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Herons

Species Of Herons

Sixty species are included in the heron family, occurring worldwide, except in Antarctica and arctic North America and Eurasia. Twelve species of herons breed regularly in North America. One of the most familiar is the great blue heron (Ardea herodias), occurring over most of the temperate and more-southern regions of North America, as well as in parts of Latin America. The great white heron used to be considered a separate species (under A. occidentalis), but it is now regarded as a color variety of the great blue heron that only occurs in the Florida Keys and nearby parts of Florida Bay. The great blue heron breeds in colonies of various size, usually A yellow-crowned night heron (Nyctanassa violacea) at the Ding Darling National Wildlife Refuge, Florida. Photograph by Robert J. Huffman. Field Mark Publications. Reproduced by permission. nesting in trees. The great blue heron is very similar to the grey heron (A. cinerea), which has a widespread distribution in Eurasia and Africa. Further studies may conclude that these are, in fact, the same species.

Smaller species of herons include the Louisiana or tricolored heron (Hydranassa tricolor), and the little blue heron (Florida caerulea), found in the wetlands of the coastal plain of southeastern North America, the Caribbean, and the Pacific coasts of Mexico. The green-backed heron (Butorides virescens) is a relatively small and attractive species with a wide distribution in southern North America. Some individuals of this species have learned to "fish," using floating bits of material, such as small twigs, to attract minnows. These birds will deliberately drop their "bait" into the water and may retrieve it for re-use if it floats away.

The black-crowned night heron (Nycticorax nycticorax) is widely distributed in colonies throughout much of the United States and a small region of southern Canada. The yellow-crowned night heron (Nyctanassa violacea) is more southeastern in its distribution than the preceding species, and it tends to occur more frequently in the vicinity of saltwater.

The largest of the several species of egrets in North America is the common or American egret (Casmerodius albus), ranging widely over the southern half of the continent. The snowy egret (Leucophyx thula) is a smaller, more southern species. Most species of herons and egrets are patient hunters, which quietly stalk their prey or lie in wait for food to come within their grasp. However, the relatively uncommon reddish egret (Egretta rufescens) is an active hunter on saline mudflats of the southernmost states, where it runs boisterously about in active pursuit of its food of small fishes and invertebrates.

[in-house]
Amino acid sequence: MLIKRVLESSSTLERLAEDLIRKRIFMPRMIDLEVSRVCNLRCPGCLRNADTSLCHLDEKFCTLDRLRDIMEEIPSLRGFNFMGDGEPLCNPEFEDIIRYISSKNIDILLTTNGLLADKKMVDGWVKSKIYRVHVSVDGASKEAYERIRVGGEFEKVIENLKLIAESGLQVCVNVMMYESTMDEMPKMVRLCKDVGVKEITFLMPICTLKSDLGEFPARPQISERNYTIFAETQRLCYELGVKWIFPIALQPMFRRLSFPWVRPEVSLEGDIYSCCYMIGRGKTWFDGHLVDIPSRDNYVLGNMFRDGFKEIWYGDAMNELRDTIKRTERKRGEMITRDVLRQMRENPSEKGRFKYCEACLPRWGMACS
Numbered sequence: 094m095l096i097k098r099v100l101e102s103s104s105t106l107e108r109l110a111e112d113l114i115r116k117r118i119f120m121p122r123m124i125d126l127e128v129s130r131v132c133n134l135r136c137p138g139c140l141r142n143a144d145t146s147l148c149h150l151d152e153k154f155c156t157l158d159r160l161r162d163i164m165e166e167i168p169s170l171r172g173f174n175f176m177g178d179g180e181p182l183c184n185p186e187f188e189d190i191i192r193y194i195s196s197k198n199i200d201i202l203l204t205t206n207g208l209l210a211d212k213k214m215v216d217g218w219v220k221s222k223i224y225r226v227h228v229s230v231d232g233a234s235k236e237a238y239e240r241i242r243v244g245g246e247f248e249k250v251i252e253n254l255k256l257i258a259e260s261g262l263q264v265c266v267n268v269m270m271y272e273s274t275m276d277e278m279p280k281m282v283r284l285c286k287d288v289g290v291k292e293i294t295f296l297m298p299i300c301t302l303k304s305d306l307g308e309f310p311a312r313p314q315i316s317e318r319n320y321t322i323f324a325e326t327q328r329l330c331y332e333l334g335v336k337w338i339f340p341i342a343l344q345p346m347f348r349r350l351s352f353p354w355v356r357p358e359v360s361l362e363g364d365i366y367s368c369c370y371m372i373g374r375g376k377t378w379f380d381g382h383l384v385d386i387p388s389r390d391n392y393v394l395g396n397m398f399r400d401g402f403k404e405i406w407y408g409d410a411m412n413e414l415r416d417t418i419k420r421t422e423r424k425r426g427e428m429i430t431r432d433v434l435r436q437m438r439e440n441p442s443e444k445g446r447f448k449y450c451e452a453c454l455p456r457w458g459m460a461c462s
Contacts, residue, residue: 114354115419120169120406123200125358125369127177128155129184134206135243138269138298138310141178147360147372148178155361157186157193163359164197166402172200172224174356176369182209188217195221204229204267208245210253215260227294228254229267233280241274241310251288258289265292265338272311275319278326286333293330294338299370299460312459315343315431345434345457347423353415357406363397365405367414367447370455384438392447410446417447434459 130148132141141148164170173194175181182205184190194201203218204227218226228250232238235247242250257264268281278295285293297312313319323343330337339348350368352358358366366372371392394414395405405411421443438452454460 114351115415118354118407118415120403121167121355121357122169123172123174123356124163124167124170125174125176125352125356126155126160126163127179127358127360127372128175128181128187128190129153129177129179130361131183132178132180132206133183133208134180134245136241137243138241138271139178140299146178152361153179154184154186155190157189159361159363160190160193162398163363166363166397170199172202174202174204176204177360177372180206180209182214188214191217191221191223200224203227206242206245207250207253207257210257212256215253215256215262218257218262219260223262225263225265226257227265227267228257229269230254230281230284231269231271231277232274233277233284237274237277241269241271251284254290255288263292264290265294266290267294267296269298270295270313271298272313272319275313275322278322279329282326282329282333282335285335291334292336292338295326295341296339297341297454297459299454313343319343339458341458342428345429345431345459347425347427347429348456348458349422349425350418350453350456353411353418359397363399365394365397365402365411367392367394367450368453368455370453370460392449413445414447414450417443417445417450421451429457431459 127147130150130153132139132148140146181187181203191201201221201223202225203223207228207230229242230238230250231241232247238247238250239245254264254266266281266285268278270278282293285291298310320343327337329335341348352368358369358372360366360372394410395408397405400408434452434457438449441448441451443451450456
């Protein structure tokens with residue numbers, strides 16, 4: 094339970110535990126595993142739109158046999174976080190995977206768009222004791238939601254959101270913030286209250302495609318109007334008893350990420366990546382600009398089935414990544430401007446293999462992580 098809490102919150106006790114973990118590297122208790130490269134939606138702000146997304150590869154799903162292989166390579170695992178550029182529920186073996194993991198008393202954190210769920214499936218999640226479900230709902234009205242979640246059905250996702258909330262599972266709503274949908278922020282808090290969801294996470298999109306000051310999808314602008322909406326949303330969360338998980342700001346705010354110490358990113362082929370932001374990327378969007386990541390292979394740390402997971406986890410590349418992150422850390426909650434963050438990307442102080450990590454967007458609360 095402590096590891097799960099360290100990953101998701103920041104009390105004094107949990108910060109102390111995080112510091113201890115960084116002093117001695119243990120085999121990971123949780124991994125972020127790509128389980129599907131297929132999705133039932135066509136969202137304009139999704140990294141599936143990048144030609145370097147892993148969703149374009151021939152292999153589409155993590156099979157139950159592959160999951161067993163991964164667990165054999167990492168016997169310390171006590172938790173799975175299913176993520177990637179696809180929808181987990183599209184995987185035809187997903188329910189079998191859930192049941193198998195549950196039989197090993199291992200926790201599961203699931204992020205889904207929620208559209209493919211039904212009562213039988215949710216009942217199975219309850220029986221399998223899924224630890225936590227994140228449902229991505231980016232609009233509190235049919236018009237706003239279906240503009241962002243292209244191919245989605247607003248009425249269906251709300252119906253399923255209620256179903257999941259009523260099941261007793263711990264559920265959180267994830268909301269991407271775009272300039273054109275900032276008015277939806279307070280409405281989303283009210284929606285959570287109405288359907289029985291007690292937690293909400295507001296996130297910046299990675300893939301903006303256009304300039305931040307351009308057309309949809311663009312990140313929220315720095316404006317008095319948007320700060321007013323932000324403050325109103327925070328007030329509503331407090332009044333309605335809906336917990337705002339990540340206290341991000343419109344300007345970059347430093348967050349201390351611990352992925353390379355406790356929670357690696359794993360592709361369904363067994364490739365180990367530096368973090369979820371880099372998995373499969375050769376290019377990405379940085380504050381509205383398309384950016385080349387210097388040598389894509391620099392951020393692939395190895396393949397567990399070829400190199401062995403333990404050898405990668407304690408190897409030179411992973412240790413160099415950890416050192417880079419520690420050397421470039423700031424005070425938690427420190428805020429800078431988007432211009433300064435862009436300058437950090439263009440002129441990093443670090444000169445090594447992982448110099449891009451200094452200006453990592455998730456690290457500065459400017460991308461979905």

The American bittern (Botaurus lentiginosus) inhabits marshes over much of temperate North America and further south. This species has a resounding, "onk-a-tson ck" call that can be heard in the springtime when male birds are establishing breeding territories and attempting to attract a mate. The least bittern (Ixobrychus exilis) is the smallest North American heron. Both of these bitterns are very cryptic in their reedy, marshy habitats. When they perceive that they are being observed by a potential predator, these birds will stand with their neck and bill extended upright, with the striped breast plumage facing the intruder, and they will even wave their body sinuously in concert with the movement of the surrounding vegetation as it is blown by the wind.

The cattle egret (Bubulcus ibis) is a naturalized species in the Americas, having apparently colonized naturally from Africa in the present century. This species was first observed in Argentina, but it has since spread widely and now occurs in suitable habitat throughout South, Central, and North America. The cattle egret commonly follows cattle in pastures, feeding on the arthropods and other small animals that are disturbed as these large animals move about.


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Science EncyclopediaScience & Philosophy: Habit memory: to HeterodontHerons - Species Of Herons, Conservation Of Herons